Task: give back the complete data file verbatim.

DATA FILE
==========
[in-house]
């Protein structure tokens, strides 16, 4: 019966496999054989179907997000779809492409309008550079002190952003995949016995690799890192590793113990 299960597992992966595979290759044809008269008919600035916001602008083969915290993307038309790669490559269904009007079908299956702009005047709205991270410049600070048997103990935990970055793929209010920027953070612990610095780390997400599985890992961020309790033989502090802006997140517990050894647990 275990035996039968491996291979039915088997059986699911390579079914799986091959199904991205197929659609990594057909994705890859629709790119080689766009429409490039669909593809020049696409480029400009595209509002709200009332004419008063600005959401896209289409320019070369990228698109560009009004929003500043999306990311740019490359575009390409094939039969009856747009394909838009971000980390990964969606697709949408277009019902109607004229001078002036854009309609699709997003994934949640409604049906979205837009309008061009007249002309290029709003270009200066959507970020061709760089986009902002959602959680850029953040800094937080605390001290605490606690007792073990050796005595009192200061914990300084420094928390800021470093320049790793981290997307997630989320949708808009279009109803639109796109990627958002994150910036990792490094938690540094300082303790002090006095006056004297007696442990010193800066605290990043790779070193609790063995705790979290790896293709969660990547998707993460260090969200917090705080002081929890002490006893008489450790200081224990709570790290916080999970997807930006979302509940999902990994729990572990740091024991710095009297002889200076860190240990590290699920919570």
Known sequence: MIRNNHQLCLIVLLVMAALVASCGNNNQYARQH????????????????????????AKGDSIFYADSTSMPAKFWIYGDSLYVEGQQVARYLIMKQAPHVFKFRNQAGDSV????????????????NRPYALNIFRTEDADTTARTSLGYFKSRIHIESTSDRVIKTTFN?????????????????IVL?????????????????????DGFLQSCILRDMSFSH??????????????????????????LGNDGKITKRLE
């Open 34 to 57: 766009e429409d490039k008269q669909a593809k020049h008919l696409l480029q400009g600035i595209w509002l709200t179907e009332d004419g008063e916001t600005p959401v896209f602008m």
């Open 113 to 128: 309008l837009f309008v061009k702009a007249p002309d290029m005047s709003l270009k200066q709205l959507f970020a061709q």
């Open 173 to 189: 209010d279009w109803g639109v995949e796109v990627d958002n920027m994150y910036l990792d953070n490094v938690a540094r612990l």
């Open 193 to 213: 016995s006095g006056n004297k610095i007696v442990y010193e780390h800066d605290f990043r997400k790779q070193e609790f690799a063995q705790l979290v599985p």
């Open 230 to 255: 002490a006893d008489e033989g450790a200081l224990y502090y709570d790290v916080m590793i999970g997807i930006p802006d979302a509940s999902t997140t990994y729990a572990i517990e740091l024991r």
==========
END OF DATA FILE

[in-house]
């Protein structure tokens, strides 16, 4: 019966496999054989179907997000779809492409309008550079002190952003995949016995690799890192590793113990 299960597992992966595979290759044809008269008919600035916001602008083969915290993307038309790669490559269904009007079908299956702009005047709205991270410049600070048997103990935990970055793929209010920027953070612990610095780390997400599985890992961020309790033989502090802006997140517990050894647990 275990035996039968491996291979039915088997059986699911390579079914799986091959199904991205197929659609990594057909994705890859629709790119080689766009429409490039669909593809020049696409480029400009595209509002709200009332004419008063600005959401896209289409320019070369990228698109560009009004929003500043999306990311740019490359575009390409094939039969009856747009394909838009971000980390990964969606697709949408277009019902109607004229001078002036854009309609699709997003994934949640409604049906979205837009309008061009007249002309290029709003270009200066959507970020061709760089986009902002959602959680850029953040800094937080605390001290605490606690007792073990050796005595009192200061914990300084420094928390800021470093320049790793981290997307997630989320949708808009279009109803639109796109990627958002994150910036990792490094938690540094300082303790002090006095006056004297007696442990010193800066605290990043790779070193609790063995705790979290790896293709969660990547998707993460260090969200917090705080002081929890002490006893008489450790200081224990709570790290916080999970997807930006979302509940999902990994729990572990740091024991710095009297002889200076860190240990590290699920919570």
Known sequence: MIRNNHQLCLIVLLVMAALVASCGNNNQYARQH????????????????????????AKGDSIFYADSTSMPAKFWIYGDSLYVEGQQVARYLIMKQAPHVFKFRNQAGDSV????????????????NRPYALNIFRTEDADTTARTSLGYFKSRIHIESTSDRVIKTTFN?????????????????IVL?????????????????????DGFLQSCILRDMSFSH??????????????????????????LGNDGKITKRLE
């Open 34 to 57: 766009e429409d490039k008269q669909a593809k020049h008919l696409l480029q400009g600035i595209w509002l709200t179907e009332d004419g008063e916001t600005p959401v896209f602008m």
């Open 113 to 128: 309008l837009f309008v061009k702009a007249p002309d290029m005047s709003l270009k200066q709205l959507f970020a061709q």
């Open 173 to 189: 209010d279009w109803g639109v995949e796109v990627d958002n920027m994150y910036l990792d953070n490094v938690a540094r612990l």
């Open 193 to 213: 016995s006095g006056n004297k610095i007696v442990y010193e780390h800066d605290f990043r997400k790779q070193e609790f690799a063995q705790l979290v599985p």
């Open 230 to 255: 002490a006893d008489e033989g450790a200081l224990y502090y709570d790290v916080m590793i999970g997807i930006p802006d979302a509940s999902t997140t990994y729990a572990i517990e740091l024991r």